How To Fix
Examine all fuses in the fuse box and ensure no fuse is blown. Consult the owner’s manual for where the fuses are in each slot. Use a test light to check all the fuses. If you find a defective fuse, pull it out and replace it.
Possible Cause #4: Electrical Failure
An electrical failure could be the one triggering the drive control malfunction. There may be an issue with the wiring harness that goes to the rear shock. A common cause of electrical malfunctions in vehicles is pest damage.
A rat or rodent can chew through the wires and cut off lines of communication between the various components in your car. Sometimes, you might require a new harness based on the degree of damage.
How To Fix
You must take your Lincoln to a dealer. A standard OBD II code reader may not read faults from the system. A reputable dealer has a factory scan tool that can gain access to the modules and read faults in the system. From there, the specialist can use a diagnostic flow chart for the errors to fix your vehicle accordingly.
Possible Cause #5: Faulty ABS Sensor
Your Lincoln has an ABS sensor mounted on each wheel. These sensors detect the wheel speeds and transmit the details to the ECU. However, the sensors can get clogged with dirt and debris due to their position. That’s especially true if you frequently drive on rough, muddy, or wet roads.
In such an instance, the sensors’ performance would be affected. A compromised ABS sensor will probably struggle to receive and interpret the information from the drive control system. If that happens, you’ll likely get a drive control malfunction warning on your cluster.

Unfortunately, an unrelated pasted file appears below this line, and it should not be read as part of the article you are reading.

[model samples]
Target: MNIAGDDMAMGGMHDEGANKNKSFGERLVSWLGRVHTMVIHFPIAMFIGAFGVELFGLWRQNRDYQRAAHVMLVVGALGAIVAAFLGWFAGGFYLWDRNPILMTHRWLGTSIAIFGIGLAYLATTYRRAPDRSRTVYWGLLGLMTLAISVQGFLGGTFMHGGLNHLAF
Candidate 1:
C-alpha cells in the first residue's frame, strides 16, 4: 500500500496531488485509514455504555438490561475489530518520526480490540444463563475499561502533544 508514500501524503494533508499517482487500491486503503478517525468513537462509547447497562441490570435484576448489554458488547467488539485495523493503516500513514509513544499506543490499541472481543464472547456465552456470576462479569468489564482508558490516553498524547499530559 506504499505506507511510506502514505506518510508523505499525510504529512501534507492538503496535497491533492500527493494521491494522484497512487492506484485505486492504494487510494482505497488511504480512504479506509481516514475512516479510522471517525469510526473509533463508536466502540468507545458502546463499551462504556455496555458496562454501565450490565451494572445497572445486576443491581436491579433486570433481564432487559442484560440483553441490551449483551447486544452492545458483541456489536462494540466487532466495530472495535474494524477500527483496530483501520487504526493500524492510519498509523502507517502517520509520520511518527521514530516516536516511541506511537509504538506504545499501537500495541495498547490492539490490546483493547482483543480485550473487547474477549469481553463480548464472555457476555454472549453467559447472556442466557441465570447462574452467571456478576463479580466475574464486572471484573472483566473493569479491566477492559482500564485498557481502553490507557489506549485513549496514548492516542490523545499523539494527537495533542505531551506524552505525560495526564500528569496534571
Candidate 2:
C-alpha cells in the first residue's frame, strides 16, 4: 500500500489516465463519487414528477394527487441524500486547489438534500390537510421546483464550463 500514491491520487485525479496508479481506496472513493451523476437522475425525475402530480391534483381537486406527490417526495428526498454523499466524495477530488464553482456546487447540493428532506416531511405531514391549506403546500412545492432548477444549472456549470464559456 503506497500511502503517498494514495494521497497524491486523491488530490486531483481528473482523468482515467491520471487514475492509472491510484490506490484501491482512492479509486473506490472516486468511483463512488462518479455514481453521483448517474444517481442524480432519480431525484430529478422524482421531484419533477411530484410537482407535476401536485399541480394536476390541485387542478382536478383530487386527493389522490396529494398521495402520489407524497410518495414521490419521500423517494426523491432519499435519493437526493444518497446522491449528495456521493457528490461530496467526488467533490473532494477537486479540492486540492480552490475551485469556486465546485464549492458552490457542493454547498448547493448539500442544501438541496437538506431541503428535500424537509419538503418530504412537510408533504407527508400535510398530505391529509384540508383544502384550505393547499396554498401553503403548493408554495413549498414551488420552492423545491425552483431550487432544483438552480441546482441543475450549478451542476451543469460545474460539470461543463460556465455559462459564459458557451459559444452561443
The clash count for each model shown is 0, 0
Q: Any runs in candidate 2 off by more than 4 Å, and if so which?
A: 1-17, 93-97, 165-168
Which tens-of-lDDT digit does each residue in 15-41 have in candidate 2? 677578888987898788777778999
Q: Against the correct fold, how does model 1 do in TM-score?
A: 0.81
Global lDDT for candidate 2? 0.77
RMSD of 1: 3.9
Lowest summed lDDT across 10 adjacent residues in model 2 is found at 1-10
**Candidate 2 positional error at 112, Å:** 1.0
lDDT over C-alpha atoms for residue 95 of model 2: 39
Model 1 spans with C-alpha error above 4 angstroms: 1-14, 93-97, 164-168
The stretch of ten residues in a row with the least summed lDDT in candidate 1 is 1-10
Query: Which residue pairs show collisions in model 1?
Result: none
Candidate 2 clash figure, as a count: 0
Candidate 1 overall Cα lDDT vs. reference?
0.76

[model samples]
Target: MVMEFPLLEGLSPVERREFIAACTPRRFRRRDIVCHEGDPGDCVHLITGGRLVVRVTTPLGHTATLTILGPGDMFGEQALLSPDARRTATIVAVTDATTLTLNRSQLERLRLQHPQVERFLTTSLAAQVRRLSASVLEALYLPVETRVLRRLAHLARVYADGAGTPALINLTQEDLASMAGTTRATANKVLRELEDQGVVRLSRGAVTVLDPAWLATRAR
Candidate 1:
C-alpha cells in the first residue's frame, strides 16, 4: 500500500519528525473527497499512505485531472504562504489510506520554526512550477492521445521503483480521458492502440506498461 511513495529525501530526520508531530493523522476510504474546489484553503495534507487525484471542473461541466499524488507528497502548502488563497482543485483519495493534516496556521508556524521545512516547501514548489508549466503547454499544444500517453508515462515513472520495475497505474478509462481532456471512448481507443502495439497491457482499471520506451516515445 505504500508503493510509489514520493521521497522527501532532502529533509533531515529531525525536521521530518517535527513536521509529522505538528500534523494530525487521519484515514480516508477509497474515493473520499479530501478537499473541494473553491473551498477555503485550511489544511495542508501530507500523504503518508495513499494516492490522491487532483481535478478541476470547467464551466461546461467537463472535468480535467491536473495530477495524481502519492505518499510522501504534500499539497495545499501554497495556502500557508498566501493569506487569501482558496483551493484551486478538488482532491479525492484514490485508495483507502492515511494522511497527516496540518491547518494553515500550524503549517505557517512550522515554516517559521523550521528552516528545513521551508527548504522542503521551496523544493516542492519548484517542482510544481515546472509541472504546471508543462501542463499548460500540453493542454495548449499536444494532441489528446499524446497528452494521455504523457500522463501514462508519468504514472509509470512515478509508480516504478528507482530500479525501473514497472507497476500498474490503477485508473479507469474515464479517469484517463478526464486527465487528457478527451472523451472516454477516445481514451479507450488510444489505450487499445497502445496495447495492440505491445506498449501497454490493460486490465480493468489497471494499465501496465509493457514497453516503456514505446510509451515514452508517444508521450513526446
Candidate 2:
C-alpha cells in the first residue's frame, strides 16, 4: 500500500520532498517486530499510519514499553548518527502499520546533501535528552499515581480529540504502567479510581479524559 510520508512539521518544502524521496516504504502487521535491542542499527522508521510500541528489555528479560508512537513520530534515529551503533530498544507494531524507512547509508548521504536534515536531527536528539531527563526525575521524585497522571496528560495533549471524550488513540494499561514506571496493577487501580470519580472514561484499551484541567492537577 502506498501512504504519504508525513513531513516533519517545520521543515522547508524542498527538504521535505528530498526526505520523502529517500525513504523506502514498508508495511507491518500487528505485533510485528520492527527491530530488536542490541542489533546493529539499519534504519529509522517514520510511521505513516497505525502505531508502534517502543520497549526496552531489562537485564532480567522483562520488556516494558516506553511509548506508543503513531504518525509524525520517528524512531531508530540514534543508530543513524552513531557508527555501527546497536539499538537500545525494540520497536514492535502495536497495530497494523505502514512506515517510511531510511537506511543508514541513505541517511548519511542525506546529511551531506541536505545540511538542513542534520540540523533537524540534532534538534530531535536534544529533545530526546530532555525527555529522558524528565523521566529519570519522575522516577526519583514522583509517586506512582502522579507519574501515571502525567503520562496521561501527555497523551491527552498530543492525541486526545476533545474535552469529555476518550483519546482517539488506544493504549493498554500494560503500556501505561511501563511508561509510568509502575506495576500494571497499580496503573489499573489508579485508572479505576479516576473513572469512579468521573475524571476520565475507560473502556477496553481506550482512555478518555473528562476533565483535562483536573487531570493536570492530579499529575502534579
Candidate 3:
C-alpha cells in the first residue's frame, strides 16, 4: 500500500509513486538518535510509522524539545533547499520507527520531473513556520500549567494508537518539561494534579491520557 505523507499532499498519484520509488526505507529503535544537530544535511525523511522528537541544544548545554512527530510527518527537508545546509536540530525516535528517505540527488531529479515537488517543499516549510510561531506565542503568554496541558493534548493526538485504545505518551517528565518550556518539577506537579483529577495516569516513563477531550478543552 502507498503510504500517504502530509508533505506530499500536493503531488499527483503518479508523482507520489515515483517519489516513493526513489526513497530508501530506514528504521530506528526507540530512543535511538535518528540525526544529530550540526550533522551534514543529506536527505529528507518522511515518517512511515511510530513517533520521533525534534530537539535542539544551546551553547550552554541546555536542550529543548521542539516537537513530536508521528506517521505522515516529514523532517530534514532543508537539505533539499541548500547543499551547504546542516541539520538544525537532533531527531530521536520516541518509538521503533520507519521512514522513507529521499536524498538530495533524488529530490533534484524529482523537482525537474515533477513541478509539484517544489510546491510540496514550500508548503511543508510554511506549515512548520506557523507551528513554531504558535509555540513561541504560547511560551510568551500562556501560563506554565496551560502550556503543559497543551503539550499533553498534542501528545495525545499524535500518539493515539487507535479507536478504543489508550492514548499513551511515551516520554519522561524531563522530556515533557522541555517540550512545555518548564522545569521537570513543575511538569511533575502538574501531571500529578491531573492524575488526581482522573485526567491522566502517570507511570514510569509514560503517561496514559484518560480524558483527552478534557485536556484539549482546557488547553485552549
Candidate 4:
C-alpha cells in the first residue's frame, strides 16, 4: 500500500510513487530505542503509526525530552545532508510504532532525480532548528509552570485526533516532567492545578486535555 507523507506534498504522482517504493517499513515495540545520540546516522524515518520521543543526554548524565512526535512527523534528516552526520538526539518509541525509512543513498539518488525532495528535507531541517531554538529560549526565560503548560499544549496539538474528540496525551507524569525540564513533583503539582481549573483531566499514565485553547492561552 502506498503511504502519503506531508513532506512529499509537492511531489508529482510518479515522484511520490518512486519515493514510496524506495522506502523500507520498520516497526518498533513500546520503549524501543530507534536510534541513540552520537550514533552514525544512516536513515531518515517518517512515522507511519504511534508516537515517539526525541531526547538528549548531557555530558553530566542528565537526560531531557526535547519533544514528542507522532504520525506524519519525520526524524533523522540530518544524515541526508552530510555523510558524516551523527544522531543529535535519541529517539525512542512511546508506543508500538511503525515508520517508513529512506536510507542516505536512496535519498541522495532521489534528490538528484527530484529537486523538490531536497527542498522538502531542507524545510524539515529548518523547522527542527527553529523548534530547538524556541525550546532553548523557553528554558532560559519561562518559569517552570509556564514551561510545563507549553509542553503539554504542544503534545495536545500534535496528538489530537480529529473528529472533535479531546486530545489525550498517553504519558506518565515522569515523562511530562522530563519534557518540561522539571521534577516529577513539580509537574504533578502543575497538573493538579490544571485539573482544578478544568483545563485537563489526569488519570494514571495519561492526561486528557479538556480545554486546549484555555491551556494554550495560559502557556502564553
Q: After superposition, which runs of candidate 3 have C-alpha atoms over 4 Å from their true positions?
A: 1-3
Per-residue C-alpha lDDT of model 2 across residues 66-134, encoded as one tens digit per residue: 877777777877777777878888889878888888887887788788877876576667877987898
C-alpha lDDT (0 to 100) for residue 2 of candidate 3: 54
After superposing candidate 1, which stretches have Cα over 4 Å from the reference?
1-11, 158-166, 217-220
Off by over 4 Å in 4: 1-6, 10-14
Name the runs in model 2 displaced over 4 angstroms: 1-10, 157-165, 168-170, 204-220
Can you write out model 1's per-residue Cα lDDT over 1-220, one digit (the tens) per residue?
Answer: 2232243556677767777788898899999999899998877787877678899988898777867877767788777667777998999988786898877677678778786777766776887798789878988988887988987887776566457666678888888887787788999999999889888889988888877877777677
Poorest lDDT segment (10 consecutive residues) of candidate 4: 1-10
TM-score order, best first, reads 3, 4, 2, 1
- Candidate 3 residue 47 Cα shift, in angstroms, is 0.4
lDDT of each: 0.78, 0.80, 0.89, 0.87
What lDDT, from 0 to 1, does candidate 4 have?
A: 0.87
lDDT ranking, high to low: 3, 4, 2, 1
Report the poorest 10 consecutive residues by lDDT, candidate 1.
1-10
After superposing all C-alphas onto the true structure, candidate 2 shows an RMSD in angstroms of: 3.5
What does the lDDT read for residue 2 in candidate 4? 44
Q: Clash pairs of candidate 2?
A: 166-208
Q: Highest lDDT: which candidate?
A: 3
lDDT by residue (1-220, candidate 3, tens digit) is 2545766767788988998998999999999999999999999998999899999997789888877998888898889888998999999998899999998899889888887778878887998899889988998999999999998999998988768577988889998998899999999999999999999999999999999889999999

How To Fix
Disassemble the sensors and clean them using a clean microfiber cloth. Avoid using water, which can damage or hamper the sensor’s accuracy. If the error persists after cleaning and reinstalling the sensors, something else might be the cause.
Possible Cause #6: Struts/Shocks Issues
Your Lincoln’s struts and shocks help keep the vehicle’s body suspended above the wheels. They also ensure the car’s body is comfortably off the ground. The shocks keep you safe and comfortable as you drive along the road.
However, the struts and shocks are wear-and-tear components. Over time, they can develop issues such as bents and require replacement. Yours may be nearing their end, so they trigger the drive control malfunction message.
How To Fix
You must take the car to your dealer for a shock replacement. If you had the work done recently, the warranty may be on and cover the replacement cost.
There are several causes of the Lincoln “Drive Control Malfunction Service Required” problem. We have discussed the six most common triggers and how to fix each one. Some are easy to troubleshoot, but some require the specialized hand of a specialist at a dealership or repair shop.
Therefore, if the DIY approach proves difficult, immediately take your car to an authorized Lincoln dealer. The professionals will accurately diagnose the problem and repair it accordingly.